Securitized Mortgage Meltdown; the Homeowner Victim’s Perspective

Chain of Title; How Three Ordinary Americans Uncovered Wall Street’s Great Foreclosure Fraud, David Dayen, 2016

Amid the suffering of the 1930’s, communities banded together to fight foreclosures…Sustained action led to several foreclosure moratorium throughout the Midwest…To stop foreclosures, the Home Owner’s Loan Corporation (HOLC) bought defaulted mortgages from financial institutions at a discount and sold them back to homeowners. Beginning in 1933, HOLC acquire one million mortgages–one out of five in the country at that time. Eighty percent of HOLC clients saved their homes when they might have lost them…HOLC gave borrowers a twenty year mortgage with a fixed interest rate allowing them to gradually pay off the principal over the life of the loan…

Thus the New Deal gave birth to the modern mortgage industry.

No such governmental efforts were made during the subprime mortgage crisis of 2008. While campaigning, Obama favored cramdowns, where judges in bankruptcy can modify the terms of the mortgage, but Obama’s economic team opposed cramdowns and 10 senate Democrats voted against its use. HAMP, Obama’s loan modification program appealed to the banks primarily for the additional fees HAMP might generate. In this book, banks usually accepted HAMP applications at the same time they moved forward with foreclosure. Treasury claims (with no evidence) that 5 million loans were modified by HAMP (and other programs). This book estimates that 6 million homes were lost to foreclosure. A later book, Homewreckers puts the number of homes lost to foreclosure at 10 million. Homewreckers presents the macro view as millions of homes were sold by the banks with Obama government assistance to vulture funds. Most of these home remain off the market, empty, without repairs.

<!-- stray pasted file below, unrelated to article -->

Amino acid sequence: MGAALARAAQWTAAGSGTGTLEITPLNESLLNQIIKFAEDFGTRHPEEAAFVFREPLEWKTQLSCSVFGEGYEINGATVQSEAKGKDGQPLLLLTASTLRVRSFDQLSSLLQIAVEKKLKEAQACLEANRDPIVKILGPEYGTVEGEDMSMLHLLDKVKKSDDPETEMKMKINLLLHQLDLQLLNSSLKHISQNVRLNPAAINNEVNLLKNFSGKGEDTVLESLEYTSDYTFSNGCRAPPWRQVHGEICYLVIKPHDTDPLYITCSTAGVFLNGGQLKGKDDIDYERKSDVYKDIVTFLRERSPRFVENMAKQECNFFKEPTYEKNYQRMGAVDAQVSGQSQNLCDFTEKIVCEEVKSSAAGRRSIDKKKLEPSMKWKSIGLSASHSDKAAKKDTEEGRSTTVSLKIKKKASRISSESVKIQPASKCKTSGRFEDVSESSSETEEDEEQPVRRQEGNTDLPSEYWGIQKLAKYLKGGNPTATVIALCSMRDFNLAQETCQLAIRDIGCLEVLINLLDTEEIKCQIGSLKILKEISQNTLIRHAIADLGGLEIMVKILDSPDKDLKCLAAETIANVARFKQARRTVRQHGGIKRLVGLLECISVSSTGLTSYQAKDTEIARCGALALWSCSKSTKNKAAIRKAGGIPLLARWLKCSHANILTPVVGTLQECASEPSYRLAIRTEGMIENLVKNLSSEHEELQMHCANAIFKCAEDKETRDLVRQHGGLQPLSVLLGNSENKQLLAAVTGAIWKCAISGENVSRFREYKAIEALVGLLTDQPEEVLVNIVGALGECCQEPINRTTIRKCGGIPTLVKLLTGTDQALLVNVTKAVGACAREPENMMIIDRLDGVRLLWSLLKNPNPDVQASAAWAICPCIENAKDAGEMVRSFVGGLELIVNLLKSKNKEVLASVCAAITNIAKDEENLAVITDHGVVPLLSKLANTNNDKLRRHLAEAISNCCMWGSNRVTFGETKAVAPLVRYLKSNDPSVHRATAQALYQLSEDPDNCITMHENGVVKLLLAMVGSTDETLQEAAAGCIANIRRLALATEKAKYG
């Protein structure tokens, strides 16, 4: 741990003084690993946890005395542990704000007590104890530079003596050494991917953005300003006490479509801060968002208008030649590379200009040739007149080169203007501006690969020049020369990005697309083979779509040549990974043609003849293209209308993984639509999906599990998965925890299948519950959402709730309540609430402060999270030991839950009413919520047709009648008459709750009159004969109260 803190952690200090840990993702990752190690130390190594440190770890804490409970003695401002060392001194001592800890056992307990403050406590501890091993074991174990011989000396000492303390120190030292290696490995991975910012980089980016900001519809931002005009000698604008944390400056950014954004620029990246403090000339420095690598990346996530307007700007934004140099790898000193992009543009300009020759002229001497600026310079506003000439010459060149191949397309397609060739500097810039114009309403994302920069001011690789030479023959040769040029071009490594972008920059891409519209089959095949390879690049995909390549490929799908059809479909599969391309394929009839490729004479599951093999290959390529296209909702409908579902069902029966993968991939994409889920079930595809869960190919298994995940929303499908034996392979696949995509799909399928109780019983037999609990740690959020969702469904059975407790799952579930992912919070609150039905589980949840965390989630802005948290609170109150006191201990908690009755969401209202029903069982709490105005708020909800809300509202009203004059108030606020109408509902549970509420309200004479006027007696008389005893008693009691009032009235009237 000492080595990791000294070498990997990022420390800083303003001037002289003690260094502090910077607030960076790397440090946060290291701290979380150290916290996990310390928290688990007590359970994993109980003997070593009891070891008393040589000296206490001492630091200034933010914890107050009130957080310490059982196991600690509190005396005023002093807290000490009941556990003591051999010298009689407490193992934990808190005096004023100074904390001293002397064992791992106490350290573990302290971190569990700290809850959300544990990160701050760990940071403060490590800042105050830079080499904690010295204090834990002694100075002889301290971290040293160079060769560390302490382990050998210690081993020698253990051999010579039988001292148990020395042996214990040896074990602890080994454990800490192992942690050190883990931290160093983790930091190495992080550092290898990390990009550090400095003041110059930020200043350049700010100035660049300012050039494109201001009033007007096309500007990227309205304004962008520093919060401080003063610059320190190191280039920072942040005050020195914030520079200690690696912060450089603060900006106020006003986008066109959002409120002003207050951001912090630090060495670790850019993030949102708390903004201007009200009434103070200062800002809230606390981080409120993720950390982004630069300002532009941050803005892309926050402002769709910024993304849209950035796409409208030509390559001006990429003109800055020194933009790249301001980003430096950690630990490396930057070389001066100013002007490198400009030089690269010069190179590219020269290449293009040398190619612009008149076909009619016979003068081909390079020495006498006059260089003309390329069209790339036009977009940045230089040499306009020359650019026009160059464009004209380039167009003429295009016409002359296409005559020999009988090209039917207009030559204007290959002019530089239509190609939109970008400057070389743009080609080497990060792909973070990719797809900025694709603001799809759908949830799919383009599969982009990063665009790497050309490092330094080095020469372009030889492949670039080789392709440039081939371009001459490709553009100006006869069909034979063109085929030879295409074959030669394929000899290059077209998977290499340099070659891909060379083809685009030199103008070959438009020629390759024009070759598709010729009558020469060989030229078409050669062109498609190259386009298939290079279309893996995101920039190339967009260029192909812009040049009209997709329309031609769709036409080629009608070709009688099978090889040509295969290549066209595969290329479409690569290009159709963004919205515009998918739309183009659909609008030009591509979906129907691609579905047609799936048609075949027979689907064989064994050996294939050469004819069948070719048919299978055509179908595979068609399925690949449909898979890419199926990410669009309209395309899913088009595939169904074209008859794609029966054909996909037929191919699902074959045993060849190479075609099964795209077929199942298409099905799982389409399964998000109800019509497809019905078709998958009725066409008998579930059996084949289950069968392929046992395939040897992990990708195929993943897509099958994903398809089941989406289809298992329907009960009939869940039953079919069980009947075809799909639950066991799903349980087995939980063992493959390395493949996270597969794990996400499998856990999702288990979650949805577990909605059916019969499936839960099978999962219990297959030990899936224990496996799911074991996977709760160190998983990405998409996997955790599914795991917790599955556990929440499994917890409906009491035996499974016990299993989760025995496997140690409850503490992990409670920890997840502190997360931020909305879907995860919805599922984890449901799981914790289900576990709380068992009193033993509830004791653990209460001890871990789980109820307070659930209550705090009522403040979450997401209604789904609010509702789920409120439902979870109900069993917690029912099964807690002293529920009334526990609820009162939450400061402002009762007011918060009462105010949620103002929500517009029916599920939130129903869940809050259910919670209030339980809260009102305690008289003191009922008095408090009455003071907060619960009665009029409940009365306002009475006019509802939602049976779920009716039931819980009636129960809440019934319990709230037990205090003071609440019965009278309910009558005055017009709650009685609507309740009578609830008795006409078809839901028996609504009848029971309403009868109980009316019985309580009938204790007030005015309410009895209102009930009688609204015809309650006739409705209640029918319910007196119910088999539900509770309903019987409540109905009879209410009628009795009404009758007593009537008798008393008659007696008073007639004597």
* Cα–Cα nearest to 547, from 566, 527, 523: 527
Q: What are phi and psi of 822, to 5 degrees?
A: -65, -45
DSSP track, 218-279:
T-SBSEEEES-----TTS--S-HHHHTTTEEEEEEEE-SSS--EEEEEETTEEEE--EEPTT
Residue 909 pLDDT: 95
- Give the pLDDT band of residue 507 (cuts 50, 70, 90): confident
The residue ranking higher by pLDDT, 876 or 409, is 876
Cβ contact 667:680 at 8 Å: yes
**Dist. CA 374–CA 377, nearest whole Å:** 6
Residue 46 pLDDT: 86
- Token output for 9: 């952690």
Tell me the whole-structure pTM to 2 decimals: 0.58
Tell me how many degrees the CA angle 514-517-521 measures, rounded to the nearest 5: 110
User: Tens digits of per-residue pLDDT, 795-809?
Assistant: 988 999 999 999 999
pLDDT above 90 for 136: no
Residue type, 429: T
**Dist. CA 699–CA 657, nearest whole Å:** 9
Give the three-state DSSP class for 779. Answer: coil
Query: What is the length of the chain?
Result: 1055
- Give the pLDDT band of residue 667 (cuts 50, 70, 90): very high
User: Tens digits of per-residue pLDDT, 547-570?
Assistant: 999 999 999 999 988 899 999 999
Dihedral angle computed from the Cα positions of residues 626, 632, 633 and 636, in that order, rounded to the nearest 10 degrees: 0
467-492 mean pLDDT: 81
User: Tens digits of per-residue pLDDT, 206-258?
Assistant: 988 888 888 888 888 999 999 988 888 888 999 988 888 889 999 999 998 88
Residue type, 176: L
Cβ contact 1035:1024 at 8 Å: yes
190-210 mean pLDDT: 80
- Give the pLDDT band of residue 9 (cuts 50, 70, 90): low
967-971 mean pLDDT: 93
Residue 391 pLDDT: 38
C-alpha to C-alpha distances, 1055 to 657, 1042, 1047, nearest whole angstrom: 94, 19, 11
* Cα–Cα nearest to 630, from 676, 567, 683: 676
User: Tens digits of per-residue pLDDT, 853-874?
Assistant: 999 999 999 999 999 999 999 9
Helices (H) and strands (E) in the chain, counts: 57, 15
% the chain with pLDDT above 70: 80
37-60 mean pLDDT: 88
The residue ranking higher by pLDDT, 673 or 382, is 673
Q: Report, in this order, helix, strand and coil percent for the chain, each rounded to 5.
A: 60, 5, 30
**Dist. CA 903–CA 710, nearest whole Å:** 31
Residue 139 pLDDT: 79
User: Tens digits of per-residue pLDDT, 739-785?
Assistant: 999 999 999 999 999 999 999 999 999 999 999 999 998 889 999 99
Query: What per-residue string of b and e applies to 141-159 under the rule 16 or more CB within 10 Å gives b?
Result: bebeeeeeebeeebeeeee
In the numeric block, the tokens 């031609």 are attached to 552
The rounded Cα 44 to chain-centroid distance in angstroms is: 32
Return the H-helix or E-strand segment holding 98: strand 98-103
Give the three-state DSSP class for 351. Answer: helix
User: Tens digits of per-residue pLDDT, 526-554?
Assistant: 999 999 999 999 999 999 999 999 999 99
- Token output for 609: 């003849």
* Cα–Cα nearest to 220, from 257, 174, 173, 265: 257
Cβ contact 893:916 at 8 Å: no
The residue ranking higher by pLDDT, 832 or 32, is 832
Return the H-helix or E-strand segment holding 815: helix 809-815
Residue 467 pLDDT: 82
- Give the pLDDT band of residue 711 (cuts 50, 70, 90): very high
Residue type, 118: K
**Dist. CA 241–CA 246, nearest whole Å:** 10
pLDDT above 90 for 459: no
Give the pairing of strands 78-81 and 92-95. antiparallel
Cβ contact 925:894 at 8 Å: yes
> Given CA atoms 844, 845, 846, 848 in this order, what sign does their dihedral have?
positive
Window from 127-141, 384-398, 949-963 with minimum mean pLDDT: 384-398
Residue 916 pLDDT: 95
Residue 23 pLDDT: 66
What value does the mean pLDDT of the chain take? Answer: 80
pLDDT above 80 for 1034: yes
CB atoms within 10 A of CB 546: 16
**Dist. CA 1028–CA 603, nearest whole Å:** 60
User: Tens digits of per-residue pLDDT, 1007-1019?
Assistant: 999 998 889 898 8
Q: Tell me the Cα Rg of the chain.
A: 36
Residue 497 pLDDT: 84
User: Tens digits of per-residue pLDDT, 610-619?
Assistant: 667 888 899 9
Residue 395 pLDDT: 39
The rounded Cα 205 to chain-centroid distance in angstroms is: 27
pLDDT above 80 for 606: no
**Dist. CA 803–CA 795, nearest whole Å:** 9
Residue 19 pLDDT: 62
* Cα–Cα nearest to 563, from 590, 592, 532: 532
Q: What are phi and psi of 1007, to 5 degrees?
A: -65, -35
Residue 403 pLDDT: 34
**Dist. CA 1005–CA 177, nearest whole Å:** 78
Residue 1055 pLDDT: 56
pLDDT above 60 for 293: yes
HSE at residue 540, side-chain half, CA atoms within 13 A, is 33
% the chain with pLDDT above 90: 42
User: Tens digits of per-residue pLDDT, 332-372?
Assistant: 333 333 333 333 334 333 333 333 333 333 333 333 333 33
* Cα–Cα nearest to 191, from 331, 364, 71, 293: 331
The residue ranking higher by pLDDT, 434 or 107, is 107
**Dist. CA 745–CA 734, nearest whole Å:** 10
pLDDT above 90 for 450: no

Lisa and Michael Researching fraudulent documents

This book features three Floridian victims of the great foreclosure banking fraud; Lisa Epstein, a nurse, Michael Redman, selling cars on the internet, and Lynn Szymoniak, a lawyer. They each discovered that their foreclosure cases were filled with fraudulent documents showing the wrong dates, the wrong plaintiffs, wrong amounts owed, wrong fees. They quickly uncovered a whole industry created to support mortgage securitization and its array of derivatives moving so fast that producing legally required documents would only be done after the fact, such as a need to foreclose on a single mortgage. Original documentation was usually destroyed by the originators. The Mortgage Electronic Registration System (MERS) was substituted for keeping track of securitized loans and they were never up to the task. County Recorders around the country are the keepers of the official legal filings for all mortgage documents and the mortgage industry went into overdrive to try to file postdated assignments, etc. regarding particular mortgages. The resulting chaos of documents creates broken chain of titles for millions of properties, meaning that no title company can insure the title and the property cannot be sold or transferred. There is no way to guarantee that a title or note claimant will not emerge in the future.

The three victims discovered the widespread practice of robo-signing, where unqualified people were signing massive numbers of documents (thousands a day) without examination and these signatures were often notarized at different times and locations and sometimes with expired on not yet valid notary licenses. A single person might sign as VP for many different banks and institutions. Some signers were dead or in prison at the time of signing.